The Lord of the Rings. If you love fantasy, elves, magic, and epic tales of Good vs. Evil, there’s a chance you’ve heard of it. Whether you read the books or saw the Peter Jackson film trilogy, you probably know all about Middle-earth and the One Ring, hobbits and wizards, the Nazgûl and Gollum and the Dark Lord Sauron.
But did you know about a forty-minute fan-made film called The Hunt for Gollum? No? Well, you’re in luck, because I’m about to tell you.
Chris Bouchard and his team of fellow filmmakers and Tolkien fans put together a forty-minute-long film that was shot in North Wales, Epping Forest, and other locations in the London area. It took one hundred and forty people and two years of solid work to get the film done for a release in 2009, whereupon it received some positive attention from critics and a lot more positive attention from the fans of Tolkien’s epic.
The Story: Aragorn Hunts For Gollum (What Else Did You Expect?)
Set during the first half of The Fellowship of the Ring, Aragorn–also known as “Strider,” a Ranger of the North, goes out on behalf of the wizard Gandalf in search of the elusive creature Gollum, who once possessed the One Ring. Gollum has to be found before Sauron’s forces find him and learn where the Ring has been hidden. What follows is Aragorn’s journey through the wilderness, tracking his prey, fighting off bands of Orcs, and trying to stay clear of Sauron’s most feared minions, the Ringwraiths.
If you’ve read the books, then you know it’s a foregone conclusion that Aragorn is able to capture Gollum and deliver him into the custody of the Elves (and if you haven’t, then I’m sorry for spoiling it, but you really should have known that by now).
The Cast: Rangers And Ringwraiths, Gollum And Goblins, Etc., Etc.
Aragorn (played by Adrian Webster) is the protagonist of the story. He spends a lot of the time roaming the wild and generally being awesome when he has to put up with Orcs, Ringwraiths, and a very upset Gollum. What I liked about this portrayal is how we get to see Aragorn as more of a hunter than a straight-up warrior and that he really can be stealthy when the situation requires him to be.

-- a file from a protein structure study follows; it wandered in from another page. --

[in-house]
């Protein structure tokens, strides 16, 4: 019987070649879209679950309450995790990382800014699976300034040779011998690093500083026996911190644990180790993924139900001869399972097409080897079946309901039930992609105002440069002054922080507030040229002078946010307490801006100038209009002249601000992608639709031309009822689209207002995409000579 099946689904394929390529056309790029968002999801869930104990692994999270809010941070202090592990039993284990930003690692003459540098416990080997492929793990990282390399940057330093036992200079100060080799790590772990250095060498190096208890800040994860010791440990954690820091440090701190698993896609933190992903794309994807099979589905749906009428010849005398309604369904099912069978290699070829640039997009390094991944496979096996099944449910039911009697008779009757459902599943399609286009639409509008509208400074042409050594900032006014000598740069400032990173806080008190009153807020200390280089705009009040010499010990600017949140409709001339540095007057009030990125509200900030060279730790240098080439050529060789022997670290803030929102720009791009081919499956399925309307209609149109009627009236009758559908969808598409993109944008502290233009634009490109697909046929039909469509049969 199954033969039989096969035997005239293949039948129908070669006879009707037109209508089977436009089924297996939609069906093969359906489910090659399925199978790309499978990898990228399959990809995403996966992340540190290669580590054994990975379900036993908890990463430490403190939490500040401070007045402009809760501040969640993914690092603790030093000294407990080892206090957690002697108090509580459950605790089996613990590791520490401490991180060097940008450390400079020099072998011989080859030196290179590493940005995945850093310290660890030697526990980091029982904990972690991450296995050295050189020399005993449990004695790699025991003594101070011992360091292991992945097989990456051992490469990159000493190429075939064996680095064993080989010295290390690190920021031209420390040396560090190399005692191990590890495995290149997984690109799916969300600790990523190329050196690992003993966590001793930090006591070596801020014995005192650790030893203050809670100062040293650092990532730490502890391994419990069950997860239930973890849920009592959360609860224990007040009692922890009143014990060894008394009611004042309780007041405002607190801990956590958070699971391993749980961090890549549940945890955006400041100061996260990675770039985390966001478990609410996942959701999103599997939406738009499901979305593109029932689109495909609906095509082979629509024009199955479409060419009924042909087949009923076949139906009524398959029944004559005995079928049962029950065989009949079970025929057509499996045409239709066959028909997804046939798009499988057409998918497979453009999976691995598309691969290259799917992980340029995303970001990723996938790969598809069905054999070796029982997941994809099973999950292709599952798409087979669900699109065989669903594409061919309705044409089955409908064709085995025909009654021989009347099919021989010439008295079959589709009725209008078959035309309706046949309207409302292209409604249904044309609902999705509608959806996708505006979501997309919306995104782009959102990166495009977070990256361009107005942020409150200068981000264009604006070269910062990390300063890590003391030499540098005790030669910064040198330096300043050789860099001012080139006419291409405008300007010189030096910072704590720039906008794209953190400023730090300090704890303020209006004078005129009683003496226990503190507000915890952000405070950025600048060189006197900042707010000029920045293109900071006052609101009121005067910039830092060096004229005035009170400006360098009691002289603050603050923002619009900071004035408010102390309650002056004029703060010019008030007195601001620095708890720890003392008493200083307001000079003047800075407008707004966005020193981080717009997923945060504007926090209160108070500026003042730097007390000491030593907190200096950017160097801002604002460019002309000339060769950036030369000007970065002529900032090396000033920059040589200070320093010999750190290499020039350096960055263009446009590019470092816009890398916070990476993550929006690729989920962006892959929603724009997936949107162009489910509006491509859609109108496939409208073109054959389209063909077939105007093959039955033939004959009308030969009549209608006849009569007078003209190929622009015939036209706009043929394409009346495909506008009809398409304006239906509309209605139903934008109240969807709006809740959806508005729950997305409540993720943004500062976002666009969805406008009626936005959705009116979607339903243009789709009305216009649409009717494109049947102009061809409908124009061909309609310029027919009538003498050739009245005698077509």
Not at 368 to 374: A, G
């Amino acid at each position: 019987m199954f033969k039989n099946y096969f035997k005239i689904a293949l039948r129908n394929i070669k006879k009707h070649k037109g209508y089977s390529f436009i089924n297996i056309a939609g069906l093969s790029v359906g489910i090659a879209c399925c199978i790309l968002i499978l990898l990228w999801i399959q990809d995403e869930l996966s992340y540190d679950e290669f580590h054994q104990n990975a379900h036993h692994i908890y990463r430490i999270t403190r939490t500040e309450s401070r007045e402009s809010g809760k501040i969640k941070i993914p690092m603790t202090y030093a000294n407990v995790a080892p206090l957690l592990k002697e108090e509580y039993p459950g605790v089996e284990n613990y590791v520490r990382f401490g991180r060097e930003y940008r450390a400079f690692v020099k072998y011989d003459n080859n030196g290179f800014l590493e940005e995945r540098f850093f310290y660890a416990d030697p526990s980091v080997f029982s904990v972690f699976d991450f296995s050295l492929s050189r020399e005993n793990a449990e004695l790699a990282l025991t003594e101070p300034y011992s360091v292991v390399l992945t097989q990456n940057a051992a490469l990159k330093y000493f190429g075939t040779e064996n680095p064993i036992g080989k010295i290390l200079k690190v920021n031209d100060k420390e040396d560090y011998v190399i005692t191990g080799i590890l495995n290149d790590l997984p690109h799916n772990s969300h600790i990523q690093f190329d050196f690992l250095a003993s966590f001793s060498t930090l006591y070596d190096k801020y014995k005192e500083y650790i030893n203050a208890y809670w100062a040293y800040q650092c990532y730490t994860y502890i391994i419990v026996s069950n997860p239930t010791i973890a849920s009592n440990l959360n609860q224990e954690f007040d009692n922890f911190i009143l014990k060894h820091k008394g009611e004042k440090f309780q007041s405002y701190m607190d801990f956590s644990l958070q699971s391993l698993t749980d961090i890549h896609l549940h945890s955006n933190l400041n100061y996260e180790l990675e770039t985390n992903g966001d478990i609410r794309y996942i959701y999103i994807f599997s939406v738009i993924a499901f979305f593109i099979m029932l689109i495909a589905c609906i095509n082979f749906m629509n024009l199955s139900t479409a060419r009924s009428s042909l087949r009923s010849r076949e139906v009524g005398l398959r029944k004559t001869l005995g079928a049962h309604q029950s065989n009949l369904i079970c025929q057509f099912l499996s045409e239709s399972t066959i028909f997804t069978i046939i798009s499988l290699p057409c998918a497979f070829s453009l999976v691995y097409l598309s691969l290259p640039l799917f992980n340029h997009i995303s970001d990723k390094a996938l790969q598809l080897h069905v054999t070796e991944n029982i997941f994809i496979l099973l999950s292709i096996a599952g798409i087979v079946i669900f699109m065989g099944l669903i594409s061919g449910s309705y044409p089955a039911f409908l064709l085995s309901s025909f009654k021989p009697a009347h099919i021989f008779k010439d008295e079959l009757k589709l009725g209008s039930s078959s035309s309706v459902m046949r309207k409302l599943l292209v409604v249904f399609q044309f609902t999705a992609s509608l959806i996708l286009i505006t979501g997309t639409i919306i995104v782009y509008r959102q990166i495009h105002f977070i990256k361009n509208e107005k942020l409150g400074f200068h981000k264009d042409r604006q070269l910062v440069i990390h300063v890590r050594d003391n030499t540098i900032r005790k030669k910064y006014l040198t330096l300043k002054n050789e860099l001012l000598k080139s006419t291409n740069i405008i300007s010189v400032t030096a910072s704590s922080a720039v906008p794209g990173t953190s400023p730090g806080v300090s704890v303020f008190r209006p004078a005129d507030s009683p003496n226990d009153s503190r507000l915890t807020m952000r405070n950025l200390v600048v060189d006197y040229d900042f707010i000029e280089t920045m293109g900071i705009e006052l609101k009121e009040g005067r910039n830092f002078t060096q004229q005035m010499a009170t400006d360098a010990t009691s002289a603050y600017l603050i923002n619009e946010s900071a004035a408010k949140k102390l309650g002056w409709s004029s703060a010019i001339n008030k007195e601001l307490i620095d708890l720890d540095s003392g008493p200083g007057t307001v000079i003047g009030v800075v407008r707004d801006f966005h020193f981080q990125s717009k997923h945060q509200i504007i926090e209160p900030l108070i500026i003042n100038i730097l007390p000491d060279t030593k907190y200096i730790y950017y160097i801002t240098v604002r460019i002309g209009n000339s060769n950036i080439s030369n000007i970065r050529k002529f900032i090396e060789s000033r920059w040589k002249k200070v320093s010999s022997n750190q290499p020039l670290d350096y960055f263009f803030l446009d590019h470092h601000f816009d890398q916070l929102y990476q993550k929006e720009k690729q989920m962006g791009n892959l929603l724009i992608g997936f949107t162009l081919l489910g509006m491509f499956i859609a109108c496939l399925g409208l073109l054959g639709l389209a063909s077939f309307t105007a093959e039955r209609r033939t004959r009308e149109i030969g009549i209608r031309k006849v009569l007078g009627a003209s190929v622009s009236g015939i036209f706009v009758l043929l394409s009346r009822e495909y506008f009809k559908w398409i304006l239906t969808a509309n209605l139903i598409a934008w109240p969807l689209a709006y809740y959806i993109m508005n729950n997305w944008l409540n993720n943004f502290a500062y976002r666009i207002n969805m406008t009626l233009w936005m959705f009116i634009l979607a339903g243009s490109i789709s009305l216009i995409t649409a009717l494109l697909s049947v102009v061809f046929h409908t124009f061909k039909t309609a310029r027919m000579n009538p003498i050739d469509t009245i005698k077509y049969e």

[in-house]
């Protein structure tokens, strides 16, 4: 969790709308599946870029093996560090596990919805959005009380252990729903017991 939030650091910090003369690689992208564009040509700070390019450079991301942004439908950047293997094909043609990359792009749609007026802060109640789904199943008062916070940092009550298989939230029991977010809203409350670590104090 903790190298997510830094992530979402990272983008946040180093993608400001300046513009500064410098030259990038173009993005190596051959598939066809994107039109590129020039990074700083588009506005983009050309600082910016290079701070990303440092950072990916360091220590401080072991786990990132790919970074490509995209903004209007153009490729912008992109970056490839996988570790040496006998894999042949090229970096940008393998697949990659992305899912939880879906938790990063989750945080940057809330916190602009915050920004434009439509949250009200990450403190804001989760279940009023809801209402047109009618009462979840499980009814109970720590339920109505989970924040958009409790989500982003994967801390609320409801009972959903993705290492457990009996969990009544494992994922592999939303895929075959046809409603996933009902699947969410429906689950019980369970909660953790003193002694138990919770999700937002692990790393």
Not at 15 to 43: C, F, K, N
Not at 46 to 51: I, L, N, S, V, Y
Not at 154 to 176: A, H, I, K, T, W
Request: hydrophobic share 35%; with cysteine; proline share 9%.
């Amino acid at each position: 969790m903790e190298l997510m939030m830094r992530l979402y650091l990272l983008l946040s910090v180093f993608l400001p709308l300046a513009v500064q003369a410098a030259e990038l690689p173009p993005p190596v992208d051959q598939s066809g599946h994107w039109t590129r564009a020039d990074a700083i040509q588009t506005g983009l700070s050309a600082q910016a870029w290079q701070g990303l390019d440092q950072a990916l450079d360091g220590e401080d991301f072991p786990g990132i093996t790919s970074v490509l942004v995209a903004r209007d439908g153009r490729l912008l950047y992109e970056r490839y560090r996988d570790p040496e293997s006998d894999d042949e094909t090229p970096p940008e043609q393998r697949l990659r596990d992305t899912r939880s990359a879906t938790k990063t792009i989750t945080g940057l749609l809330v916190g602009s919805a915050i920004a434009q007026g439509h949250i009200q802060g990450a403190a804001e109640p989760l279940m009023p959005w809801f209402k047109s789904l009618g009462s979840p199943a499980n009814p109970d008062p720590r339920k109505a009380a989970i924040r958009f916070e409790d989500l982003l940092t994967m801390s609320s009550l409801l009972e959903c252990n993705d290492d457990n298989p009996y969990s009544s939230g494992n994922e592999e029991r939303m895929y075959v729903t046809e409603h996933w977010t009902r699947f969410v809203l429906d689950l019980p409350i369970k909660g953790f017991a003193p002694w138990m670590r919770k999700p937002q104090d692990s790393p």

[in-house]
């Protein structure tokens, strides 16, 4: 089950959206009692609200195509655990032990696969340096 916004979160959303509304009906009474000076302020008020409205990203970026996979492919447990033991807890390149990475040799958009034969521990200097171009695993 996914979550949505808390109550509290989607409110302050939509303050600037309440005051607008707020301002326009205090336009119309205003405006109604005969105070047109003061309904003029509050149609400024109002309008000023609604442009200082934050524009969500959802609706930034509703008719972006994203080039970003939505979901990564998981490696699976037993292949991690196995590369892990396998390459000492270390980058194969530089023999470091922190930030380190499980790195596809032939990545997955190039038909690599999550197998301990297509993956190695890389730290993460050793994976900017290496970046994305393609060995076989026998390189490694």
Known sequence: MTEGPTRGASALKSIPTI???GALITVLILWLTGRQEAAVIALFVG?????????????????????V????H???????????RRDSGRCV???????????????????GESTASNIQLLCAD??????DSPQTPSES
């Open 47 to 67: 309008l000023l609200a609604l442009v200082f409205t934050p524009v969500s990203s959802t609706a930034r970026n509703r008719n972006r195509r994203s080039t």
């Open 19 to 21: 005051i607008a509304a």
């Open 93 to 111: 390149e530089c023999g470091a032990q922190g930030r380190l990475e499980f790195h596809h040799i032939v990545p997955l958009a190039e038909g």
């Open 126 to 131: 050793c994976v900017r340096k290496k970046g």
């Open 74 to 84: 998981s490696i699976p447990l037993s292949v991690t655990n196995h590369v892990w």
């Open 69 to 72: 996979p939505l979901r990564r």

The portrayal of characters we’ve already seen in the films–such as Gandalf, Gollum, and Arwen–are done very faithfully in this film. The same goes for the Orcs with their appearance and their Cockney-style speech. I also have to give the filmmakers credit for introducing a new character, the Ranger Arithir. He shares a cultural bond with Aragorn–being Rangers of the North and among the few Dúnedain left in Middle-earth–and adds another layer of depth to the film.
The Style: A Loving Homage To Both Peter Jackson And Professor Tolkien
Although it’s shot in England and not New Zealand, the film still captures the same sense of Middle-earth as the Jackson trilogy. The score from the original movies are also used appropriately, the fighting choreography seems to be on the same level as the fight scenes from Fellowship of the Ring, and although it’s used sparingly, the CG effects are rather well-integrated.
In addition, the film pays some respect to the novels, giving life to an event that even the books only mention in passing, and while most of it doesn’t seem to be spelled out, the filmmakers took a chance and pulled off a fairly solid story.
Final Verdict: A Triumph For Fans Everywhere
For me, this film isn’t just a nicely done fan work. It’s also a great sign of what can be done by independent filmmakers, who approach their work with love and a lot of good effort. I’ll admit I’m a bit jaded when it comes to the mainstream movie industry, so seeing small triumphs like this only serve to raise my hopes and make me remember why I’m such a fan myself.
Bibliography: The Hunt for Gollum. Directed by Chris Bouchard. Produced by Chris Bouchard, Brian Lavery, Gladys San Juan, Julianne Honey-Mennal, and Spencer Duru. Based on parts by J.R.R. Tolkien. Script adapted by Chris Bouchard. Perf. Adrian Webster, Arin Alldridge, Patrick O’Connor, Rita Ramnani, Gareth Brough, Max Bracey, and Dan Styles. Rickety Shack Films, 2009.